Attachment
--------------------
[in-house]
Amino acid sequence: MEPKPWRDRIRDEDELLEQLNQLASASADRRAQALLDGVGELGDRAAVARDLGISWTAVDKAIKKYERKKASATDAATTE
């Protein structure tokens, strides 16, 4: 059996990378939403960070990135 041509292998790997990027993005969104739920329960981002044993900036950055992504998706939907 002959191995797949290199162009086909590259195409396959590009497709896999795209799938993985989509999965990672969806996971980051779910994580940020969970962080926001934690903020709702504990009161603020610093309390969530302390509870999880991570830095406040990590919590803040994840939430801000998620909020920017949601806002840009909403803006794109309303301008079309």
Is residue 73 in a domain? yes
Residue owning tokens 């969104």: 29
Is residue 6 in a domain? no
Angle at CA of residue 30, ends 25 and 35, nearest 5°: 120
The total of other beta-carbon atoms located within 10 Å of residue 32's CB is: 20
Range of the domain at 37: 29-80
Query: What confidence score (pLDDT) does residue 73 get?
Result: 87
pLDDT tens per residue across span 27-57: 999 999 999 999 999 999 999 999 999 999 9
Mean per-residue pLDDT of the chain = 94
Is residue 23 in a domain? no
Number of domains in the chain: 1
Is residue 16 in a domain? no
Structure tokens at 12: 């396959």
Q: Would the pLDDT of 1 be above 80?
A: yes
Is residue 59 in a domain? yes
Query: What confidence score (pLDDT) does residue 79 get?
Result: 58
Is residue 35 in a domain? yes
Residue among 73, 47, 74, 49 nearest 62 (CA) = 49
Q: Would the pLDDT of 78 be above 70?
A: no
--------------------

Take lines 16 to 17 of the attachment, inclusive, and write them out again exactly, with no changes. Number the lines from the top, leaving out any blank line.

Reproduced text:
Is residue 16 in a domain? no
Structure tokens at 12: 């396959």